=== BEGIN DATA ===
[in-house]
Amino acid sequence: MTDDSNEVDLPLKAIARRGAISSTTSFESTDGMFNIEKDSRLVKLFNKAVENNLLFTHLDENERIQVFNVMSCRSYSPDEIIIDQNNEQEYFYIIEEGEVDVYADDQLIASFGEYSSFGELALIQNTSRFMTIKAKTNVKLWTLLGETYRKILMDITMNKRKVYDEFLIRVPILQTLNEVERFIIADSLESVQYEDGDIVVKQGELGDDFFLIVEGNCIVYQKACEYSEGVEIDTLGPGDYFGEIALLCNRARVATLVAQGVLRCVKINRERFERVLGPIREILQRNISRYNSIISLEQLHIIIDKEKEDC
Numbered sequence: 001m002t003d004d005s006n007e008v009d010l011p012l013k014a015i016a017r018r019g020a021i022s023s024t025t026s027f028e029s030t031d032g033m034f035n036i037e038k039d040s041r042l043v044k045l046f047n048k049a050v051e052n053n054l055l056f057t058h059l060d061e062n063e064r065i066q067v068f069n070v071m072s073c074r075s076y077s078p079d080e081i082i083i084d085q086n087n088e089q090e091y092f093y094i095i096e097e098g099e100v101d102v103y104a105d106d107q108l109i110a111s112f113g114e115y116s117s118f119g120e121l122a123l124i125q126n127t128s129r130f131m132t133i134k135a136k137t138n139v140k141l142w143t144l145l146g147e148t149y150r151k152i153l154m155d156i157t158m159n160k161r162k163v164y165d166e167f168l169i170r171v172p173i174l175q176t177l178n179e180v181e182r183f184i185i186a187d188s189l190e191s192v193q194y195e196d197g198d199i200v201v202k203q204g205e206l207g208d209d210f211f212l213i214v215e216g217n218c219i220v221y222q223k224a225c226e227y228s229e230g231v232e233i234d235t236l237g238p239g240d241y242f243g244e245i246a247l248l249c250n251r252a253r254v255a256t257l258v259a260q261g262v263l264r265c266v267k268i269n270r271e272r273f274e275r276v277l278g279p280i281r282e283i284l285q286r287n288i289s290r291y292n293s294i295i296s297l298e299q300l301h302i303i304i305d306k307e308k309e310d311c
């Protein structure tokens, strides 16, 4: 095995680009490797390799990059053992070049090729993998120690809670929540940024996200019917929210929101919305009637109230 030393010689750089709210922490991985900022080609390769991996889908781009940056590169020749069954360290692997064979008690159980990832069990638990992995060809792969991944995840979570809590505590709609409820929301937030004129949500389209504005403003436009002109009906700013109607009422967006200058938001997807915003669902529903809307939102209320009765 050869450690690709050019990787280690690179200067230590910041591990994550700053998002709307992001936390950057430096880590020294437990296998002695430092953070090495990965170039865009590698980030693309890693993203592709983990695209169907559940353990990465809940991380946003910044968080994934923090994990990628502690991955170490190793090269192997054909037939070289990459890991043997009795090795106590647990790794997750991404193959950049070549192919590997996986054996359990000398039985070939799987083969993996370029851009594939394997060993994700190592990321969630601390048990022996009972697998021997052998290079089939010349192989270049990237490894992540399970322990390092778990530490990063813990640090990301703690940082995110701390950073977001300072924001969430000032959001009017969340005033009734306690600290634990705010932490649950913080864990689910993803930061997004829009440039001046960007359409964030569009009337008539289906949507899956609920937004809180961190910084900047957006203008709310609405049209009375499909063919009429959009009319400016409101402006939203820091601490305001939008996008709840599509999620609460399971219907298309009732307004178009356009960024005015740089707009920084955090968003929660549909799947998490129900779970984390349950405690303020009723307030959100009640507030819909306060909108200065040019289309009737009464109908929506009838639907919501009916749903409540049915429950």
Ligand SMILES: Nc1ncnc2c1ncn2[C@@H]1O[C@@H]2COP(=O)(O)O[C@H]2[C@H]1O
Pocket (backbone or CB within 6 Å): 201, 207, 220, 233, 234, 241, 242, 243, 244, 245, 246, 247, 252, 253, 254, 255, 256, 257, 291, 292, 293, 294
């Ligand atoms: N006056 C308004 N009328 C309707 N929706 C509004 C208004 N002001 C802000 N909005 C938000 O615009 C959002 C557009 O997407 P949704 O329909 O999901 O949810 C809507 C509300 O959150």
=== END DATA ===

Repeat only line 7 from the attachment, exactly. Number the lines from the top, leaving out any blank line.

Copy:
């Ligand atoms: N006056 C308004 N009328 C309707 N929706 C509004 C208004 N002001 C802000 N909005 C938000 O615009 C959002 C557009 O997407 P949704 O329909 O999901 O949810 C809507 C509300 O959150």